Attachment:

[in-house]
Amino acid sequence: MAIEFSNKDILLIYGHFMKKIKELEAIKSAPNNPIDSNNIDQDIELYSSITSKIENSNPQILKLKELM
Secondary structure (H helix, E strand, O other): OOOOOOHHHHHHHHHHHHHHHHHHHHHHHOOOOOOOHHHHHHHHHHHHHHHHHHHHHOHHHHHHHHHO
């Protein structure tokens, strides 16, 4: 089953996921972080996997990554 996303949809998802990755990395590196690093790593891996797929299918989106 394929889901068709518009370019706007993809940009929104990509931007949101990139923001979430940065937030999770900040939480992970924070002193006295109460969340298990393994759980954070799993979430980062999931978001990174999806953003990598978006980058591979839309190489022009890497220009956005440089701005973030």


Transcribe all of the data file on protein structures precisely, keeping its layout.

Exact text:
[in-house]
Amino acid sequence: MAIEFSNKDILLIYGHFMKKIKELEAIKSAPNNPIDSNNIDQDIELYSSITSKIENSNPQILKLKELM
Secondary structure (H helix, E strand, O other): OOOOOOHHHHHHHHHHHHHHHHHHHHHHHOOOOOOOHHHHHHHHHHHHHHHHHHHHHOHHHHHHHHHO
């Protein structure tokens, strides 16, 4: 089953996921972080996997990554 996303949809998802990755990395590196690093790593891996797929299918989106 394929889901068709518009370019706007993809940009929104990509931007949101990139923001979430940065937030999770900040939480992970924070002193006295109460969340298990393994759980954070799993979430980062999931978001990174999806953003990598978006980058591979839309190489022009890497220009956005440089701005973030």